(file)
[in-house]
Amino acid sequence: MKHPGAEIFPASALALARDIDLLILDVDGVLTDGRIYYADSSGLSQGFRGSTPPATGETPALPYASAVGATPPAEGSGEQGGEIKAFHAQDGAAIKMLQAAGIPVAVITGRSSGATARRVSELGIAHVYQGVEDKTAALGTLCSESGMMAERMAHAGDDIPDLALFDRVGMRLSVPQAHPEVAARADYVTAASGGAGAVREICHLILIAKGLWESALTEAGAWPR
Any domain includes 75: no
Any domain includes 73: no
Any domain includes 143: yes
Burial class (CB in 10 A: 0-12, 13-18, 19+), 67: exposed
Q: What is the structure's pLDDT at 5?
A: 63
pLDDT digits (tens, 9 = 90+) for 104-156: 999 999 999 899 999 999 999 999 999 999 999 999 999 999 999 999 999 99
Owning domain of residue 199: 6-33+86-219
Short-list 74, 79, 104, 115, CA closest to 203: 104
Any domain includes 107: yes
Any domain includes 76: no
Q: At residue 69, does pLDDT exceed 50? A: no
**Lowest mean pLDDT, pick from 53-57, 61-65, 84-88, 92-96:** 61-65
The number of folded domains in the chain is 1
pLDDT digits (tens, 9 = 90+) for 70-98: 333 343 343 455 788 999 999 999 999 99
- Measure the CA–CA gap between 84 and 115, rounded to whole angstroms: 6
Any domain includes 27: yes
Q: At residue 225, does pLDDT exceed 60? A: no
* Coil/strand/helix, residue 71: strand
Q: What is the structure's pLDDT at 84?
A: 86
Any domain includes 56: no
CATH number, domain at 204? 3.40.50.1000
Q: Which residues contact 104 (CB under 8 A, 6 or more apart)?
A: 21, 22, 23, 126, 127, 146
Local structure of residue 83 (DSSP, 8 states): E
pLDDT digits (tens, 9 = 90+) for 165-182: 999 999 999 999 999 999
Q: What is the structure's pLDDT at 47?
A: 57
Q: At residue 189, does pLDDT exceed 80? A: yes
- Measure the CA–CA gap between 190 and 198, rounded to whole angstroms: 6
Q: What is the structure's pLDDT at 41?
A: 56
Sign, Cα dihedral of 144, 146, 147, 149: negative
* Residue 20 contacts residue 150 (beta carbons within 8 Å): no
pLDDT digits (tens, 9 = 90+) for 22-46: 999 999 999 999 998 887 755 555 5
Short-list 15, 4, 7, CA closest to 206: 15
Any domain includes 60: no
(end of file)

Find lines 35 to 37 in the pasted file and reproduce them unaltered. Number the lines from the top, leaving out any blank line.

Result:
A: 56
Sign, Cα dihedral of 144, 146, 147, 149: negative
* Residue 20 contacts residue 150 (beta carbons within 8 Å): no